By Bob Hertzel
Times West Virginian
There are those who would make more of what tonight’s West Virginia University basketball game at Kansas State is, but do not count Bob Huggins among them.
“In all honesty, if I had a list of 100 things to worry about, that might be 112,” Huggins said.
Oh, it’s true that Huggins’ resume lists Kansas State as one of his former employers, having coached there following losing his job in Cincinnati, sitting out a year and before he was lured home to West Virginia to coach.
But it was only a year, just long enough to resurrect the program before turning it over to his assistant Frank Martin.
Far more on his mind right now is how he takes his .500 team and finds a way to win some games down the stretch to build some kind of new resume that the NCAA selection committee can consider, something that does not exist at present, even with four victories in the past five games including Saturday night’s 66-64 triumph over Texas Tech.
“I’ve got one day to get ready for a pretty good team, and I have to make sure I give our team all the resources they need to have a chance to win,” Huggins said.
A year ago, Huggins got to play against Kansas State, but it was a “neutral court” game, if there could be such a thing in Wichita, Kan., not on the campus in Manhattan.
He received a warm welcome there. Will it be as warm on campus in front of a student section in a game that is important to K-State and new coach Bruce Weber?
“If they don’t (give me a warm welcome), they don’t. What am I going to do?” Huggins said. “The truth of the matter is I’ve been gone for six years now. Unless those guys are on the Jay Jacobs plan for graduation, they are probably gone now.”
Jacobs, of course, is the WVU color analyst on radio and an alumni of the school.
The fact of the matter is Kansas State beat WVU the first time the two schools played in Morgantown, stretching their then winning streak to six games as the No. 18 team in the country with a narrow 65-64 victory.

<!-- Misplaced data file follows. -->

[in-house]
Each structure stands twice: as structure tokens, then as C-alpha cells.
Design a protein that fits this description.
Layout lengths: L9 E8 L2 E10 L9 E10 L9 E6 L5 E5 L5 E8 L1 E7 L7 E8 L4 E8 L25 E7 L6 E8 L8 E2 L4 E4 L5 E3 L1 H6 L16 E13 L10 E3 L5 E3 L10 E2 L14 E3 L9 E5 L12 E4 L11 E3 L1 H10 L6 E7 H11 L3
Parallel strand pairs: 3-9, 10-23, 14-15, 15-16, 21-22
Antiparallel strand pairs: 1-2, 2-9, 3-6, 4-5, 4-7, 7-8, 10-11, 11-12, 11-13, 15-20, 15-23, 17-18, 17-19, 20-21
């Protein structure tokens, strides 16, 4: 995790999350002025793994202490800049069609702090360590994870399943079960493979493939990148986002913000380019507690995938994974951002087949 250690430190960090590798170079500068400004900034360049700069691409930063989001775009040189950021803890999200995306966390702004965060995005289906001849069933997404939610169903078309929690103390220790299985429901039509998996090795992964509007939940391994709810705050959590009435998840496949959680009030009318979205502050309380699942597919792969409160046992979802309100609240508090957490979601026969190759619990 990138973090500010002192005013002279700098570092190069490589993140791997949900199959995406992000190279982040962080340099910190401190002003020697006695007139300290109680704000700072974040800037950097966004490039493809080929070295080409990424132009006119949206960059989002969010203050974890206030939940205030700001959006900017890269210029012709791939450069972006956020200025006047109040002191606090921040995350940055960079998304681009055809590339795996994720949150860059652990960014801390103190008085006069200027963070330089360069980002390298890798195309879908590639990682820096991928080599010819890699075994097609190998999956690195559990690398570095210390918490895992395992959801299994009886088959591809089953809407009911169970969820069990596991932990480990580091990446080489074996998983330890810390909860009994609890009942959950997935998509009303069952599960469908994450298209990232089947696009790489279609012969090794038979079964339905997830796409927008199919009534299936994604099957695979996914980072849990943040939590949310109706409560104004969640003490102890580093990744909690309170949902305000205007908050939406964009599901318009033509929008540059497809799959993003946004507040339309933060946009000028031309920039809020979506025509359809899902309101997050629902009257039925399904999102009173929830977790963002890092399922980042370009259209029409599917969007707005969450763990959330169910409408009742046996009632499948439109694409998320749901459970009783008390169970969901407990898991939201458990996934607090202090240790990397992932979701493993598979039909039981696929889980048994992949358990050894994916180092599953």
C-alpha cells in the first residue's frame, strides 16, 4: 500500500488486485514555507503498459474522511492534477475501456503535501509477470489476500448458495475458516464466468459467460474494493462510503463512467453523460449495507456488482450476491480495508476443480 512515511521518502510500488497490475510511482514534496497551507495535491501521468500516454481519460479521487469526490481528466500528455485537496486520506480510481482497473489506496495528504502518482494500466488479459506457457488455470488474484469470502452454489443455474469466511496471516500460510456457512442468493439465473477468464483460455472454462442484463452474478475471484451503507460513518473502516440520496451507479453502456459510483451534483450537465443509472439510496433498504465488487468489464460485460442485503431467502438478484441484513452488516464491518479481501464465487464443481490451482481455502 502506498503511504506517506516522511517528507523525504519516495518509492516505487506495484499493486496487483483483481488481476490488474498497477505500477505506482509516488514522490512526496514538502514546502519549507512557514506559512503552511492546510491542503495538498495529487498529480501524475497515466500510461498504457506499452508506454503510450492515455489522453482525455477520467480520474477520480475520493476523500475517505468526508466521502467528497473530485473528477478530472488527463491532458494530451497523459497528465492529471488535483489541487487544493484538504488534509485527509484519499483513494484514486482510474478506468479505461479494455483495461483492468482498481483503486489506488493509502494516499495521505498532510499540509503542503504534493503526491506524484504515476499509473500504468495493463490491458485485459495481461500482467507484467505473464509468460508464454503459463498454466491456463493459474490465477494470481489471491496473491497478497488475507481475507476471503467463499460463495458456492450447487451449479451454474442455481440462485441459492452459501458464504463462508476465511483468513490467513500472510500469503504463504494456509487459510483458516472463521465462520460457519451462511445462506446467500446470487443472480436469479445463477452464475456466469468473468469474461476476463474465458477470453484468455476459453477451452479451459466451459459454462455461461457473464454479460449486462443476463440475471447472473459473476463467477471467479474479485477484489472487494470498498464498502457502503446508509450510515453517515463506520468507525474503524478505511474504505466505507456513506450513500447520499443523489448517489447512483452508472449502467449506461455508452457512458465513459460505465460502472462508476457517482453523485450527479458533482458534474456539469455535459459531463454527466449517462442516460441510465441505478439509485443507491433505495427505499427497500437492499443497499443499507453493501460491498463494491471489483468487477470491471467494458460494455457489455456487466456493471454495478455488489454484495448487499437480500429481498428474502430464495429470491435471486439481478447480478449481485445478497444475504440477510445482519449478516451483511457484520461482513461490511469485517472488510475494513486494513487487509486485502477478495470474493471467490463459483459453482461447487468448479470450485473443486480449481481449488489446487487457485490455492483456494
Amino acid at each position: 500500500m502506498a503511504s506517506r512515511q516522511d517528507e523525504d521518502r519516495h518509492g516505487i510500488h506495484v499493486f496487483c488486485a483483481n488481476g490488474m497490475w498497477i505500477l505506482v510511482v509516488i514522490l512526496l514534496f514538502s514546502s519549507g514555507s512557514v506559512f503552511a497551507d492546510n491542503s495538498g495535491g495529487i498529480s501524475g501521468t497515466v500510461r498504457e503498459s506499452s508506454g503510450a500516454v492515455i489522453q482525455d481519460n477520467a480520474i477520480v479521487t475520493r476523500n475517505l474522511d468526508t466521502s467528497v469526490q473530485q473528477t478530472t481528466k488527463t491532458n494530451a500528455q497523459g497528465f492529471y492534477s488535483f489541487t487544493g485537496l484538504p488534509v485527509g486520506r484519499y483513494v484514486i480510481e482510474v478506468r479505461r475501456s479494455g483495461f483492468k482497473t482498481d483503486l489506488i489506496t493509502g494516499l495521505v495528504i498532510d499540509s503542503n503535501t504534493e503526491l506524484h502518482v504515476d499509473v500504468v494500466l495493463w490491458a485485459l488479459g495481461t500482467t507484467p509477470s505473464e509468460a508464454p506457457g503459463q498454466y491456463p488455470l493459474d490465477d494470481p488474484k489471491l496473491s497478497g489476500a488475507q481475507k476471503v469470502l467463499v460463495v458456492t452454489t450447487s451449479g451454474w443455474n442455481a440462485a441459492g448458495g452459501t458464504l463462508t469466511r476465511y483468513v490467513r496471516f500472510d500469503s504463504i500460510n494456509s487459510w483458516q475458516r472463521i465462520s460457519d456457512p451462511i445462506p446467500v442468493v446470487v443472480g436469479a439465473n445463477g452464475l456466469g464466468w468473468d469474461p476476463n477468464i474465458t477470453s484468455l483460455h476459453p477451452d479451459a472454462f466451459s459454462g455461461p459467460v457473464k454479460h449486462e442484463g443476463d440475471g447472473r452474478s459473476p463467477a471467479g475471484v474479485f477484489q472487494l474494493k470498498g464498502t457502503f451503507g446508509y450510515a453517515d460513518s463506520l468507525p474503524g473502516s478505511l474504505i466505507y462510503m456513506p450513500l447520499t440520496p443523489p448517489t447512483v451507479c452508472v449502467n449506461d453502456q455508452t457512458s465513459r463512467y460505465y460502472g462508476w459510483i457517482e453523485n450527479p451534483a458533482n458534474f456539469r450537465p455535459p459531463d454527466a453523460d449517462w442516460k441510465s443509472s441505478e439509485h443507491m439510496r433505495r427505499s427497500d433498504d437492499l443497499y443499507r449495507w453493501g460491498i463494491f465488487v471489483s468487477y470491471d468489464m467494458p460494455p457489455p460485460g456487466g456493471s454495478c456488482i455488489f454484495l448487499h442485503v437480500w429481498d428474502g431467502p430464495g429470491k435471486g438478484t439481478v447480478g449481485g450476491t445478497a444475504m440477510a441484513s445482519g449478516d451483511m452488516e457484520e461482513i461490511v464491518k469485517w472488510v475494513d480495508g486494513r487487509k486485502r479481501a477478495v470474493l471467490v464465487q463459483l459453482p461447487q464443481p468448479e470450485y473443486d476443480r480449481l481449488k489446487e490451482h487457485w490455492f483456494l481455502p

The Wildcats won it when Shane Southwell made two free throws with 21 seconds remaining.
The lead changed hands six times over the final eight minutes. After Southwell’s free throws, West Virginia had two chances to retake the lead but Jabarie Hinds missed a wild jumper from 16 feet with 12 seconds left, and Gary Browne had a driving layup blocked by Southwell as the clock ran out.
It was only the third block of the year for the 6-6 Southwell.
“I thought we played pretty well against them here,” Huggins said. “They are very physical. I mean they are very physical. They try to push you out in the post rather than front you. We try to front.”
This time they will have to deal with confident Deniz Kilicli, coming off his top game as a Mountaineer with 25 points against Texas Tech.
Kilicli expects a big effort from the Mountaineers.
“Everybody has got to be really excited about these games because if you win them, we go to the NCAA Tournament. So I’m just going to do my part of the job the best I can, and I don’t worry about the rest of it. That’s Huggs’ job,” he said.
Huggins believes his offense this year has to run through Kilicli to be successful, and K-State will challenge that.
“The truth of the matter is, in a lot of instances, how are we going to score without Deniz?” Huggins said. “The other thing Deniz does is get other people open because the other team has to help out on Deniz. Eron Harris has been a recipient of making more than one guy have to guard him.”
Harris has been the hottest of Mountaineers in recent days, being the leading scorer in conference play.
Email Bob Hertzel at firstname.lastname@example.org or follow him on Twitter @bhertzel.